CLOCKING OFF: Ipswich Ambulance paramedic Bob Imhoff is retiring after 40 years on the job to the delight of his wife Pat.
CLOCKING OFF: Ipswich Ambulance paramedic Bob Imhoff is retiring after 40 years on the job to the delight of his wife Pat. David Nielsen

Bob signs off after 40 years of ambo service

AN IPSWICH ambulance officer has put away his stethoscope for the final time after dealing with emergencies and treating patients for 40 years.

Father of two Bob Imhoff has been working on the frontline of patient care since he joined the Queensland Ambulance Service in 1974.

"In those days the only qualifications you needed for the job were a first aid certificate and an open driver's licence," the 60-year-old said.

"When I started work, I had to supply my own first aid box.

"We didn't have things like defibrillators either.

"You weren't even able to take a patient's blood pressure.

"You just had to do everything in your power to keep the person alive until you reached the hospital."

Of course, Mr Imhoff said many things had changed in his profession since then.

"You need a tertiary qualification for the job now...and the equipment we use is a lot more sophisticated," he said.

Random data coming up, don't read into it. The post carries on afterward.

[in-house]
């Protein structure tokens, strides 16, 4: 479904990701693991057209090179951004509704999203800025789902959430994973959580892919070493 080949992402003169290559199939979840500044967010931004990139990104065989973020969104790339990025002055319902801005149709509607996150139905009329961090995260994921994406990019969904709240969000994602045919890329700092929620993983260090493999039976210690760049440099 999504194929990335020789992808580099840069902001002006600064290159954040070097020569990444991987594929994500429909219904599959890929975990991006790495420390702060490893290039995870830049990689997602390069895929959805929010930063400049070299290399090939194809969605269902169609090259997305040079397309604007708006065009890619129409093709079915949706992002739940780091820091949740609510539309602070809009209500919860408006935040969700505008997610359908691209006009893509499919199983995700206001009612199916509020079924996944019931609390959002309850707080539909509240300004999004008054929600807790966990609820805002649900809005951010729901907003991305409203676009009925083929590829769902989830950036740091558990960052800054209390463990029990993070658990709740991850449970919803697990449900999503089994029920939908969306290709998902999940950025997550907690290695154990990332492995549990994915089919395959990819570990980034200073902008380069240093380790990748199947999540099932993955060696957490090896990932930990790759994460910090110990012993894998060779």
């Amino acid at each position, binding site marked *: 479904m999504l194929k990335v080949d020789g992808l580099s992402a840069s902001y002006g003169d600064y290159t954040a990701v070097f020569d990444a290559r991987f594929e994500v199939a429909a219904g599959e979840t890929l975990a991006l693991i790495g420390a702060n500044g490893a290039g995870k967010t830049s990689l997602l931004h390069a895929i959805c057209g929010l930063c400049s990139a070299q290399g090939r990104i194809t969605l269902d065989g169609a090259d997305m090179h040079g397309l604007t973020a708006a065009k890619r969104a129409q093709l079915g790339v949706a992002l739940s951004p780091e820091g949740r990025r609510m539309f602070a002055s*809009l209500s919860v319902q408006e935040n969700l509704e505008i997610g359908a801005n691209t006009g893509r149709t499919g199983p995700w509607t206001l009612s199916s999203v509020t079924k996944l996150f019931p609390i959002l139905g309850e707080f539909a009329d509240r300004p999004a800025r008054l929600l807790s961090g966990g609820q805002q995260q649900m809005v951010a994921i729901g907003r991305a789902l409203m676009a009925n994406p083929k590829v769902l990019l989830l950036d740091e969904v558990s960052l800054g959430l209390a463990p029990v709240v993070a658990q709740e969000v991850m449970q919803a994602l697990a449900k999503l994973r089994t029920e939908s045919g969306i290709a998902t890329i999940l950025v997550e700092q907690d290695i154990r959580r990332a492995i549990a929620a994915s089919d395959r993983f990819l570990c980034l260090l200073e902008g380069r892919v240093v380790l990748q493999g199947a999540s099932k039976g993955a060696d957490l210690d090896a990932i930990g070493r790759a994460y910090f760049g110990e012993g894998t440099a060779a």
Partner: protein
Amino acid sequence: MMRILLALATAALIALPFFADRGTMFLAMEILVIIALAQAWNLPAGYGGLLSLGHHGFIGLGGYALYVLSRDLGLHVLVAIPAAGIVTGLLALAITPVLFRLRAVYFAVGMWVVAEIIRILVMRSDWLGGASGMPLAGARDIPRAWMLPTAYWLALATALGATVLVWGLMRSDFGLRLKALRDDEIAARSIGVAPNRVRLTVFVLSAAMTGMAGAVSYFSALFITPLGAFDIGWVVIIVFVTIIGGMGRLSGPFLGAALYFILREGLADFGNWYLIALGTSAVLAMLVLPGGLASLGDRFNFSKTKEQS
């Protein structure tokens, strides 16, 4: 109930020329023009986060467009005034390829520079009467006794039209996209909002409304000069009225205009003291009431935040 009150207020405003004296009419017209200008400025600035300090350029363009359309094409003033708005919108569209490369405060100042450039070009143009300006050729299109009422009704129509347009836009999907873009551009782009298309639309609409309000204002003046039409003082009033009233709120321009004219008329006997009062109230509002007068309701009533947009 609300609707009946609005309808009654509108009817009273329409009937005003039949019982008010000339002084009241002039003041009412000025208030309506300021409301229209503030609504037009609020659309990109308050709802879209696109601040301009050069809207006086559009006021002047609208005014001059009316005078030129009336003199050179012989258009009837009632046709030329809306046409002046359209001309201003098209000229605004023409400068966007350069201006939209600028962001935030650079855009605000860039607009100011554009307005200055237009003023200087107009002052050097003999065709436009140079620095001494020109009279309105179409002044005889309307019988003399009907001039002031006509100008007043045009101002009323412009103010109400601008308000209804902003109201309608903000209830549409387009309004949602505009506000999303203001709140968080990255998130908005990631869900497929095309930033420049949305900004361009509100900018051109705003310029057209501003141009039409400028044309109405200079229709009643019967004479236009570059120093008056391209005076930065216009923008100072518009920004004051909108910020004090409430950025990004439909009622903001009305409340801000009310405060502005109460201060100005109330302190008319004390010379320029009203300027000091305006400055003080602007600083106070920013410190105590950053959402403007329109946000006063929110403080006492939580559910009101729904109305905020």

"Aspects of the job have become more challenging such has having more traffic to contend with on the roads."

Mr Imhoff, who lives in Lowood, said he had wanted to become a paramedic since he was five.

"I would see the ambulance officers, dressed in their uniforms, helping people and I knew that was what I wanted to do," he said.

"It's been a job that I have stayed passionate about during my four-decade long career.

"I've loved the work; getting out there and helping people in need.

"It's something I am going to miss."

Mr Imhoff said he had retired due to health reasons. His last shift was on Friday. He said he planned to take advantage of his newly available free time by travelling with his wife, Pat.

 

Dangerous work for Ambos

AMBULANCE officers such as Bob might have one of the most trusted positions - but it's also one of the most dangerous.

New research has revealed an average of one paramedic died on the job every two years.

The study also showed 30 paramedics were seriously injured every two years in transportation accidents and assaults left 10 paramedics seriously injured each year.

The risk of serious injury among Australian paramedics was more than seven times higher than the national average - more than double the injury rate of police officers.



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